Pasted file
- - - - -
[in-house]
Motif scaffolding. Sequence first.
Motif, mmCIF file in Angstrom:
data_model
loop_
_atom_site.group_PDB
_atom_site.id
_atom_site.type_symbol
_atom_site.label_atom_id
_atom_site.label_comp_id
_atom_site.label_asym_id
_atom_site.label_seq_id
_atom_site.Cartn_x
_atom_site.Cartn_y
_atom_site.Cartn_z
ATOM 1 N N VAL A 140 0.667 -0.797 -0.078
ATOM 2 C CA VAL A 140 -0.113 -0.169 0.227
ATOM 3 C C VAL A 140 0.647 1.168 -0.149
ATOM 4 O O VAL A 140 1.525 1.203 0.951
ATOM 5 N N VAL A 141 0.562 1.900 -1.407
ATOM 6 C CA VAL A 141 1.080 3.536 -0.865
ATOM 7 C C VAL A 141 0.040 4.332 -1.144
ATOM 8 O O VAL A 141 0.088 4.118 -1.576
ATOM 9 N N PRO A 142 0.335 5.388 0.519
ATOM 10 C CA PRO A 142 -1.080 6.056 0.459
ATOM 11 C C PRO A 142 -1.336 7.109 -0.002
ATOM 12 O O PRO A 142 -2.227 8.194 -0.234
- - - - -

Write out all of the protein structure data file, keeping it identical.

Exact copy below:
[in-house]
Motif scaffolding. Sequence first.
Motif, mmCIF file in Angstrom:
data_model
loop_
_atom_site.group_PDB
_atom_site.id
_atom_site.type_symbol
_atom_site.label_atom_id
_atom_site.label_comp_id
_atom_site.label_asym_id
_atom_site.label_seq_id
_atom_site.Cartn_x
_atom_site.Cartn_y
_atom_site.Cartn_z
ATOM 1 N N VAL A 140 0.667 -0.797 -0.078
ATOM 2 C CA VAL A 140 -0.113 -0.169 0.227
ATOM 3 C C VAL A 140 0.647 1.168 -0.149
ATOM 4 O O VAL A 140 1.525 1.203 0.951
ATOM 5 N N VAL A 141 0.562 1.900 -1.407
ATOM 6 C CA VAL A 141 1.080 3.536 -0.865
ATOM 7 C C VAL A 141 0.040 4.332 -1.144
ATOM 8 O O VAL A 141 0.088 4.118 -1.576
ATOM 9 N N PRO A 142 0.335 5.388 0.519
ATOM 10 C CA PRO A 142 -1.080 6.056 0.459
ATOM 11 C C PRO A 142 -1.336 7.109 -0.002
ATOM 12 O O PRO A 142 -2.227 8.194 -0.234